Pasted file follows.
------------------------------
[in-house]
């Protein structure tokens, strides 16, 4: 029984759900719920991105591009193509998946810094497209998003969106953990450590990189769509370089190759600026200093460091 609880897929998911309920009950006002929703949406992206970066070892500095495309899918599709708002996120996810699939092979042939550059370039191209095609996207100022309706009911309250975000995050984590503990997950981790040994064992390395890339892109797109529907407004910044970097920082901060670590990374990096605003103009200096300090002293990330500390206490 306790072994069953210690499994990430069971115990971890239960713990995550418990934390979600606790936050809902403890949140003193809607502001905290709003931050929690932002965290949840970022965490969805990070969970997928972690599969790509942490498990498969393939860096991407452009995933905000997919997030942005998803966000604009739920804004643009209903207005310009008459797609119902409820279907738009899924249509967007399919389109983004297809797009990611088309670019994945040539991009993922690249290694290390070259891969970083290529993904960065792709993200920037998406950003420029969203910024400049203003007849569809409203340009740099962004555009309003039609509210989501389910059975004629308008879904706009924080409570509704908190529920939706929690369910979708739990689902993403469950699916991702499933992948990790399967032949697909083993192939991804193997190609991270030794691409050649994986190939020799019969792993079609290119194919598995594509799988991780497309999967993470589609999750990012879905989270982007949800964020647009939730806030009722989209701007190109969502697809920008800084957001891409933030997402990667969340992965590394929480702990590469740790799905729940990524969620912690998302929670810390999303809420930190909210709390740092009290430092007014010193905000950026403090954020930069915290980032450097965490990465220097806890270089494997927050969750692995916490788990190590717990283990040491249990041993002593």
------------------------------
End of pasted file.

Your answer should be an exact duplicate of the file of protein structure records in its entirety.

[in-house]
């Protein structure tokens, strides 16, 4: 029984759900719920991105591009193509998946810094497209998003969106953990450590990189769509370089190759600026200093460091 609880897929998911309920009950006002929703949406992206970066070892500095495309899918599709708002996120996810699939092979042939550059370039191209095609996207100022309706009911309250975000995050984590503990997950981790040994064992390395890339892109797109529907407004910044970097920082901060670590990374990096605003103009200096300090002293990330500390206490 306790072994069953210690499994990430069971115990971890239960713990995550418990934390979600606790936050809902403890949140003193809607502001905290709003931050929690932002965290949840970022965490969805990070969970997928972690599969790509942490498990498969393939860096991407452009995933905000997919997030942005998803966000604009739920804004643009209903207005310009008459797609119902409820279907738009899924249509967007399919389109983004297809797009990611088309670019994945040539991009993922690249290694290390070259891969970083290529993904960065792709993200920037998406950003420029969203910024400049203003007849569809409203340009740099962004555009309003039609509210989501389910059975004629308008879904706009924080409570509704908190529920939706929690369910979708739990689902993403469950699916991702499933992948990790399967032949697909083993192939991804193997190609991270030794691409050649994986190939020799019969792993079609290119194919598995594509799988991780497309999967993470589609999750990012879905989270982007949800964020647009939730806030009722989209701007190109969502697809920008800084957001891409933030997402990667969340992965590394929480702990590469740790799905729940990524969620912690998302929670810390999303809420930190909210709390740092009290430092007014010193905000950026403090954020930069915290980032450097965490990465220097806890270089494997927050969750692995916490788990190590717990283990040491249990041993002593």